GoogaMooga Gets Fantastical With Themed Roberta’s, The Spotted Pig, & Gabe Stulman Pop-Ups

GoogaMooga – Brooklyn’s May 17th-19th food/music fest with the really great toilets – is adding themed, fantastical pop-ups from Roberta’s and culinary greats April BloomfieldKen Friedman, and Gabe Stulman to their carnival of all things fried, buttered, sprinkled, and alcoholic. 

Roberta’s – the Bushwick pizza joint with a cult following – is going Elizabethan, debuting their "Urban Renaissance Faire" – fit with hunky knights and fair maidens, and platters of medieval bites. Freshly-hunted turkey legs? Spare ribs from a barn hog? Perhaps.

Foot-long sausages, German pastries, and bubbling beers, are at the German beer garden pop-up known as "The Spotted Pig Haus," dreamed up by  The Spotted Pig’s chef/co-owner April Bloomfield and co-owner Ken Friedman. And if you still have room…

Gabe Stulman is going Americana on us, bringing his Wisconsin upbringing to his pop-up "Little Wisco Seafood Boil & BBQ." The restauranteur behind such West Village greats as Joseph Leonard, Jeffrey’s Grocery, and Fedora, is stocking his with boiled crawfish, barbecued shrimp, and wholesome games of bocce ball and bean-bag toss. 

All these delectable food worlds can be yours for the price of $15-$20, drinks not included. But do get drinks. And do go to the bathroom many times. Many times. Because believe me: they have really great toilets.

Get the scoop on GoogaMooga, & follow Bonnie on Twitter here

THIS WEEKEND: Your NYC Holiday Event Itinerary

It’s the beginning of December, which means now marks the time we transform into mushy, gushy, "oh my gosh! twinkling lights! I like Christmas cookies!" New Yorkers. And as we metamorphosize, it’s best we stick with like-minded events and like-minded people. So we’ve gathered this weekend’s top holiday events in NYC. Eat, drink, watch santa slasher movies, watch competitive jump-ropers – but please, make sure you’re your cynical, picky, self-deprecating self next year. No one likes an overtly emotional and sensitive New Yorker. 


  •  With the 55’ Bryant Park Christmas tree just lit this week, now is the perfect time to grab a decadent hot chocolate from one of the holiday shops, and marvel at the wonder that is spruce trees and colored lights. When you’re done, have some spicy salmon and eel rolls at what is considered one of the best sushi spots in Manhattan: Sushi Yasuda.
  • Santa slasher movies – they do exist. And Nitehawk Cinema honors the best of ‘em at its midnight screening of Silent Night, Deadly Night, the 1984 film where a toy-store Santa Clause goes on a rampage and axes people to death. Temper the crushing of your jolly Santa visions with a spiked hot bourbon cider and pretzel-crusted Nitehawk chocolate bar. 12:15am, $11. Also playing Saturday the 1st. All the details here.


  • Can’t decide which version of A Christmas Carol is your favorite? See them all at The Paley Center’s Christmas Carols: A Scrooge Mash-Up, where the classic story will be told using clips from a variety of versions starring Patrick Stewart, Mr. Magoo, and the animated casts of The Flinstones and Bugs Bunny. After, sit down to a cheese plate and rich mac ‘n’ cheese at our favorite Midtown West nook: cheese and wine cafe Casellula2pm show, $5-$10. Running till Dec. 31st. All the details here.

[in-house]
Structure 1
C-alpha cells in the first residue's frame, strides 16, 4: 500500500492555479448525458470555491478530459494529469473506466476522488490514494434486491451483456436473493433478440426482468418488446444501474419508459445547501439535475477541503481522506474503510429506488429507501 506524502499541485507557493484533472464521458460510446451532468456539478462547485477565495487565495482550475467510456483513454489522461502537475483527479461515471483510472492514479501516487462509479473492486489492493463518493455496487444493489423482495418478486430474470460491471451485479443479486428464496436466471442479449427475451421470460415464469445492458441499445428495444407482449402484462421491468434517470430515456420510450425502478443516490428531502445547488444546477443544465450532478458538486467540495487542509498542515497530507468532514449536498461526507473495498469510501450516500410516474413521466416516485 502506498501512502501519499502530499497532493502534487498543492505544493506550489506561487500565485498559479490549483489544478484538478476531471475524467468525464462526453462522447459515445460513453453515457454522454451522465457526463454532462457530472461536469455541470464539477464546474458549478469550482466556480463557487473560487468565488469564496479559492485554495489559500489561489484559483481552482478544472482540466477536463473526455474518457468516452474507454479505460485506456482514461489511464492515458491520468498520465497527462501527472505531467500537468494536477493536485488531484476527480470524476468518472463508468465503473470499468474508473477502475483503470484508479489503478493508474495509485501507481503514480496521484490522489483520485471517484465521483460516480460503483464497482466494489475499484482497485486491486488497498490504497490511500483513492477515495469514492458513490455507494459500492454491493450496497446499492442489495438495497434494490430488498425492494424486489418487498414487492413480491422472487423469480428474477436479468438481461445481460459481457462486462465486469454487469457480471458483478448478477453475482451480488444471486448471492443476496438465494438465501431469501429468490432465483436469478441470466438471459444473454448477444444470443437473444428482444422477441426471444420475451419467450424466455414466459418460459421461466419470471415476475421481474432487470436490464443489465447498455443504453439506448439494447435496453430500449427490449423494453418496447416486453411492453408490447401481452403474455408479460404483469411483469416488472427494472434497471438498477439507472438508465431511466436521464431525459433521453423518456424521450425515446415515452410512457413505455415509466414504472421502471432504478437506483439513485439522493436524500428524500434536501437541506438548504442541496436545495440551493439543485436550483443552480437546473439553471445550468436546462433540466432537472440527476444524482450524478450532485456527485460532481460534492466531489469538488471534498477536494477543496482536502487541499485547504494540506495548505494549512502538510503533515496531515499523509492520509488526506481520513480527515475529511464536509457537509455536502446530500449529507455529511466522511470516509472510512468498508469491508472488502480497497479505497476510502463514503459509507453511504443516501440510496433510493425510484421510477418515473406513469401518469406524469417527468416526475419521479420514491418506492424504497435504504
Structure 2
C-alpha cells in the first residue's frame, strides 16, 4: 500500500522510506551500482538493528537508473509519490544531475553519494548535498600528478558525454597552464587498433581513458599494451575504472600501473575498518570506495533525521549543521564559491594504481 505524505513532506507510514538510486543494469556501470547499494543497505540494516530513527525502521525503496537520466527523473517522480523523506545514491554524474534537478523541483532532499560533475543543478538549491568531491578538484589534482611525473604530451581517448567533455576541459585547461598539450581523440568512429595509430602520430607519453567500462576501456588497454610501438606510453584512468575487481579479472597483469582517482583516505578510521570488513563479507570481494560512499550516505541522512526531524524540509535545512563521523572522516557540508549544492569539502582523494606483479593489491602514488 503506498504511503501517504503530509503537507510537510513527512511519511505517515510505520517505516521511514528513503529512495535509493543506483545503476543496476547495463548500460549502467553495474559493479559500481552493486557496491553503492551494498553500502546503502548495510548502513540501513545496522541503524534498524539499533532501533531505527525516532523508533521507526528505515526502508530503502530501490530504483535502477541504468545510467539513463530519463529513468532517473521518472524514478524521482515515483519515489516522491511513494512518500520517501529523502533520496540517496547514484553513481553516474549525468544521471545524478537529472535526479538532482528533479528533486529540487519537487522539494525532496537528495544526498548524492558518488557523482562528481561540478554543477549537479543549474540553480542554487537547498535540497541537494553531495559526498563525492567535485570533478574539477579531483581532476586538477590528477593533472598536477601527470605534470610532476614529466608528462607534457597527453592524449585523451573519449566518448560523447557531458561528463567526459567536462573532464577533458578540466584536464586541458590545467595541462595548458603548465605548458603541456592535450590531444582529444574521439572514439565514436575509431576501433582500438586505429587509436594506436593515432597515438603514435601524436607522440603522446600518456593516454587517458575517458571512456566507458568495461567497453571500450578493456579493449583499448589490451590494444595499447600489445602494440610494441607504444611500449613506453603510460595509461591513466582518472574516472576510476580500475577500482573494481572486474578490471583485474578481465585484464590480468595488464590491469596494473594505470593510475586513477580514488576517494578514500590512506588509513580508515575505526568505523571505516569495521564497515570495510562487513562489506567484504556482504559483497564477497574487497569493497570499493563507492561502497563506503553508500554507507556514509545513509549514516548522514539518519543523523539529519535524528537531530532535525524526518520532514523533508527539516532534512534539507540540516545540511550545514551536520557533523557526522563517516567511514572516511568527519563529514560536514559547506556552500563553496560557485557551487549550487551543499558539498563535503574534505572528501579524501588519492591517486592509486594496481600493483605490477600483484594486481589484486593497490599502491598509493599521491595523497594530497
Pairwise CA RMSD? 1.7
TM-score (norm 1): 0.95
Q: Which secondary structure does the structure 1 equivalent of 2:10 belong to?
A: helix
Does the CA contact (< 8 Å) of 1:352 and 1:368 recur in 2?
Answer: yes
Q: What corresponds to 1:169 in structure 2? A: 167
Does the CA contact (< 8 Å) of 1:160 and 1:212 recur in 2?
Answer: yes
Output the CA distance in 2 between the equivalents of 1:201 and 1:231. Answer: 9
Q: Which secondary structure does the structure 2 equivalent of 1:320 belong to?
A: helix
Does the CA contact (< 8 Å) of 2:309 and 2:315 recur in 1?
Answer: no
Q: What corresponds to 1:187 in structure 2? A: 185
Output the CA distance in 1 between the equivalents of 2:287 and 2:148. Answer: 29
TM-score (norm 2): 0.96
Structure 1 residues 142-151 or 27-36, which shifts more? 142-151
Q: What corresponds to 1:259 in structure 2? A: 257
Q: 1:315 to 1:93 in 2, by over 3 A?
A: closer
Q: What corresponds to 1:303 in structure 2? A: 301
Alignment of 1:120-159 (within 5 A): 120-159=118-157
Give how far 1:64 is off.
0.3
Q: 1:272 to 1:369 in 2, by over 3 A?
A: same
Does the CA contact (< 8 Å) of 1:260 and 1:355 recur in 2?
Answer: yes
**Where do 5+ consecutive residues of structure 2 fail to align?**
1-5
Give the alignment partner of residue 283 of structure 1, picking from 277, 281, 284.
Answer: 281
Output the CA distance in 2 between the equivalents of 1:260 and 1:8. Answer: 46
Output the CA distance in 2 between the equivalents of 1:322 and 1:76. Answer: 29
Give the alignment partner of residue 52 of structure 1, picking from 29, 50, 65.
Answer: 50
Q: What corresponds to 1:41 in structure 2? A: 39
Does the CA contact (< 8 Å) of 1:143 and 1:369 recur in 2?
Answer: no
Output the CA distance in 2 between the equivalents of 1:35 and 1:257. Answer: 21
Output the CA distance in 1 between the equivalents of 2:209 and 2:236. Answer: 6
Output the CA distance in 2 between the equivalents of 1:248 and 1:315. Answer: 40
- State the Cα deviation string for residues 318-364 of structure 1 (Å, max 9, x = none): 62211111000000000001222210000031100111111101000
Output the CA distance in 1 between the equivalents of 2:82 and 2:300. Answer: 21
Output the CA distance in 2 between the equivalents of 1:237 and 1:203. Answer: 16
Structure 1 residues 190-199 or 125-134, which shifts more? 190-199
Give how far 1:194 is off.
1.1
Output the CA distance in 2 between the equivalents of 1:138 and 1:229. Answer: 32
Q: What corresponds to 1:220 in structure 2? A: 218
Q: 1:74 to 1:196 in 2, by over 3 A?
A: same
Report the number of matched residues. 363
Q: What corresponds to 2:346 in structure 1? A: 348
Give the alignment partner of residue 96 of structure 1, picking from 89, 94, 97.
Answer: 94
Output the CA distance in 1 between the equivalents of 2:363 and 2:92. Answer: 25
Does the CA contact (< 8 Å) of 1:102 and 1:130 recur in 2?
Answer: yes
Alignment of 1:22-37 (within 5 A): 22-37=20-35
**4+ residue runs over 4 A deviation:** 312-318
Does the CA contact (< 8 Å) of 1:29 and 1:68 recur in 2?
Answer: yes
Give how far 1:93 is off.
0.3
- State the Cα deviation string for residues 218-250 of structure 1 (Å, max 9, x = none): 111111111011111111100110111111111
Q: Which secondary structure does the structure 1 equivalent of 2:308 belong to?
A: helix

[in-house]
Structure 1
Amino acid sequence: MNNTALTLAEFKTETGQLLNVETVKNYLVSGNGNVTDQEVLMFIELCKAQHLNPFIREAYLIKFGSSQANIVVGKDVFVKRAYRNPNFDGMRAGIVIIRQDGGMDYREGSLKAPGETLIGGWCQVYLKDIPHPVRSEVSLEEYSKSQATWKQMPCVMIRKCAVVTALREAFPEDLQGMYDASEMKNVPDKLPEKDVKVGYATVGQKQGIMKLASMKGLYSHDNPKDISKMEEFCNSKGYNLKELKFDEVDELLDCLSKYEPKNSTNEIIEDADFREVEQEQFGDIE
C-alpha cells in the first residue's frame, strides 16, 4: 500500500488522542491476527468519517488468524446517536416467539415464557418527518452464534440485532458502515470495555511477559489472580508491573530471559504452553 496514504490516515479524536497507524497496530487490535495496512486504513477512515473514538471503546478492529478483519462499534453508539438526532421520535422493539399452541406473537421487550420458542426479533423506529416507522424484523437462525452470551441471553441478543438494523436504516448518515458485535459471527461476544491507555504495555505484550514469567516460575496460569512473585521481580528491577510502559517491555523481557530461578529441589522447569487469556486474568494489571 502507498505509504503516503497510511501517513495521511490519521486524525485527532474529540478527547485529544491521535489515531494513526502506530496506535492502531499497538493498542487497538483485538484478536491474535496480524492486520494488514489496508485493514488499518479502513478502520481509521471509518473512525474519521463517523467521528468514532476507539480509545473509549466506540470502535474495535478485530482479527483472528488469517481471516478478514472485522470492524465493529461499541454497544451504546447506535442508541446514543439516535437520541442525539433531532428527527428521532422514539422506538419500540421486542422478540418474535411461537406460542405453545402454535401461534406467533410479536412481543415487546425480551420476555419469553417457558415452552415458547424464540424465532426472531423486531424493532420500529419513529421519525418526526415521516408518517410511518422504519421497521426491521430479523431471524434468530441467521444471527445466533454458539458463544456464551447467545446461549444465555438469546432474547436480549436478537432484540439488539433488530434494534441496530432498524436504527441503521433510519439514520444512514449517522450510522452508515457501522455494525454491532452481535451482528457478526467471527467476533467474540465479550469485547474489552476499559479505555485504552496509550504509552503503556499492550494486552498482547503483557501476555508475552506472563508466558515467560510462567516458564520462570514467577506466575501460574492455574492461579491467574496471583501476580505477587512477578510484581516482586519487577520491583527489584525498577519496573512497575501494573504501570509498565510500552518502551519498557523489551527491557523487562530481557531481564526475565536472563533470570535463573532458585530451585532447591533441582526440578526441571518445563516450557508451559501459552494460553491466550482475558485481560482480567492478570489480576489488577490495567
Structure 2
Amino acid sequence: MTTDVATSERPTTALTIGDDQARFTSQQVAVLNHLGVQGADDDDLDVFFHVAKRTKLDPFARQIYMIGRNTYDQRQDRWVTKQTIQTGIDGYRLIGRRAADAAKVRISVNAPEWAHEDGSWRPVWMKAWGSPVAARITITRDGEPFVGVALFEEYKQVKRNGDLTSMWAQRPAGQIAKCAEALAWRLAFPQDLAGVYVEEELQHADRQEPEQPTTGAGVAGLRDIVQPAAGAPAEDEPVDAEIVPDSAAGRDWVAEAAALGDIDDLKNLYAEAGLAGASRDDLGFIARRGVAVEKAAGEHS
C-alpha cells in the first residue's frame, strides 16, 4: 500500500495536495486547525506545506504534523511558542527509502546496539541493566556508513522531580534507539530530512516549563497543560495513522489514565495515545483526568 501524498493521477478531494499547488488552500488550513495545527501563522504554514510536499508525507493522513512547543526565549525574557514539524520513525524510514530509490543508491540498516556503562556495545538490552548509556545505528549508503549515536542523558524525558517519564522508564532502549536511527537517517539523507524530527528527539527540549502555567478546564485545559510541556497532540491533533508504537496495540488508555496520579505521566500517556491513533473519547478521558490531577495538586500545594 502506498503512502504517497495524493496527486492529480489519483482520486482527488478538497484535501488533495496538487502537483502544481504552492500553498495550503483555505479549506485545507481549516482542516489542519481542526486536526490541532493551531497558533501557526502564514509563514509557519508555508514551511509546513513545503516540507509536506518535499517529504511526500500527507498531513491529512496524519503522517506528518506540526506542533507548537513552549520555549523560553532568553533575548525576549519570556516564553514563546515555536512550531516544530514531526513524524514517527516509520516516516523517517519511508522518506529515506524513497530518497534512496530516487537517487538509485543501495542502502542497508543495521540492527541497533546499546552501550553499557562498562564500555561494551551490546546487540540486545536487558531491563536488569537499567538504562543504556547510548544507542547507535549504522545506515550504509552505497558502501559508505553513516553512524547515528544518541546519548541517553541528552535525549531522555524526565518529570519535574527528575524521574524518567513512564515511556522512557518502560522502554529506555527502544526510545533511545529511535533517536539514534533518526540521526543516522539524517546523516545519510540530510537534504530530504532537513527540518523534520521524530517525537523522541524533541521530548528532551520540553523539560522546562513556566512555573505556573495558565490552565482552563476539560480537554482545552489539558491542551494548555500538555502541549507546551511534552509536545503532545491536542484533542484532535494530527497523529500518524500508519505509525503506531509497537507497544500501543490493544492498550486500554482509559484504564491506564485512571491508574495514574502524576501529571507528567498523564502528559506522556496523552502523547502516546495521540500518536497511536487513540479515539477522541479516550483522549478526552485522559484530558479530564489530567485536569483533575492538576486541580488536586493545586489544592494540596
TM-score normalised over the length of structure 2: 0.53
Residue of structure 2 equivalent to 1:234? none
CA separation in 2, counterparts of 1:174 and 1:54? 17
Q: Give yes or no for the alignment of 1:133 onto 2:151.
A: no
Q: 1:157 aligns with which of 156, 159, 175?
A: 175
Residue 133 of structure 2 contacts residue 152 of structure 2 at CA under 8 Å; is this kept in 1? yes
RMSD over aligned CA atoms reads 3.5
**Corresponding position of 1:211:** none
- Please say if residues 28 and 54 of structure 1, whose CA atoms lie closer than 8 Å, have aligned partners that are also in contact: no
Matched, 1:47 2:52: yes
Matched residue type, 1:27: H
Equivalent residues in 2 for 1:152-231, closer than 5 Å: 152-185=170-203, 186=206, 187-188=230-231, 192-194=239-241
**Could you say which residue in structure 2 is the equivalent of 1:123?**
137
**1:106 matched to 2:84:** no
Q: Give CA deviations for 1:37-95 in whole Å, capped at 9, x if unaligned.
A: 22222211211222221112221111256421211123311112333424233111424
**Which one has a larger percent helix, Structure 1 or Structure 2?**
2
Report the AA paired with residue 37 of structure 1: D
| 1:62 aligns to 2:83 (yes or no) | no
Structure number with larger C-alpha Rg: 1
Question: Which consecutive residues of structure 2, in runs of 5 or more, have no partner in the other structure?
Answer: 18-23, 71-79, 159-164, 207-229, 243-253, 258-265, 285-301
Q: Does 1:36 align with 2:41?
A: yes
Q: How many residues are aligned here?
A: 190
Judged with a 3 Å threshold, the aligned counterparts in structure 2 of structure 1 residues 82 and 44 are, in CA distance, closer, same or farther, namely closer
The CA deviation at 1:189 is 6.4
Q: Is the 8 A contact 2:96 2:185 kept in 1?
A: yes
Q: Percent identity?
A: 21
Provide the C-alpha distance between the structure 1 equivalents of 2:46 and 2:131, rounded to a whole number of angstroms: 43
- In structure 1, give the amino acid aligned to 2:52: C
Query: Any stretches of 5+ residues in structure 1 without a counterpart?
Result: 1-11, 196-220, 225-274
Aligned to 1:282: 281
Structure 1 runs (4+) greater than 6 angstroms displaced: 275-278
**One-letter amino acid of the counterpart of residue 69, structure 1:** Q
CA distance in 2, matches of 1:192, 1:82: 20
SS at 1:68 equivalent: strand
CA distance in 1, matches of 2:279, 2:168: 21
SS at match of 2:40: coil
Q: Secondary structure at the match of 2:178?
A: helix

• Jump-roping game Double Dutch gets festive and competitive at its 21st Annual Double Dutch Holiday Classic performance at the legendary Apollo Theater, where international students compete in one of the world’s largest jump roping contests. Expect lots of jumping, sweat, and tears, all to the tune of holiday music. 1pm-4pm, $22. All the details here.
  • Get toasty as Brooklyn’s famous pizza spot Roberta’s gets crafty with its Third Annual Beer Masters Winter Classic at Greenpoint bar Warsaw, which is just a fancy title for “massive beer competition.” Twelve teams of pros from Eataly, Bushwick bar Tutu’s, and more face-off in beer games like beer pong and ten-legged races, all inspired by the ’06 boozy comedy film Beerfest. The best part: three-dollar Roberta’s slices and beers from Warsaw are making an appearance allll day. 1pm-10pm, FREE. All the details here.

The Brothers Sussman: How Cooking With Family Works

Not long ago, no one in New York knew who Eli and Max Sussman were. The elder brother, Max, rolled up in 2010 from Michigan and about a year later, was followed by Eli. Max runs the kitchen at the popular pizza joint Roberta’s in Bushwick, Brooklyn, and Eli works the meaty line at the prevalent Jewish deli, Mile End. Though they don’t work in the same space, they live together in Williamsburg and cook as a team at home. Max likes local, seasonal, and wholesome ingredients, and Eli is addicted to sandwiches (he loves Court Street Grocers, Graham Ave Meats & Deli, and Parm’s turkey Sammie). Together, they are the Sussman brothers, stars of summer camp kitchens, successful before turning 30, and now, authors of their second cookbook, This is a Cookbook: Recipes for Real Life, which comes out today.

Why should we buy your cookbook?
Eli Sussman: The goal of the cookbook was always for it to be a useful tool and never be a coffee table book. We wanted it to be user friendly and inviting, which is why the antidotes are in there, not just to fill space, but to know where we are coming from so you know you can trust us.

So, why should we trust you?
ES: Well, writing a cookbook isn’t about knowing how to cook well, which we both know how to do, but more about making the user comfortable with the recipes you select for a cookbook. We know our audience, and we are the people that would want to buy our book. Meaning, we love food, are adventurous, and we want to learn to make things at home. So, you can trust us not only because we work at awesome restaurants and cook at home, but also because we know how to craft an awesome recipe for our audience, and that’s a really difficult task, to write recipes that are user friendly.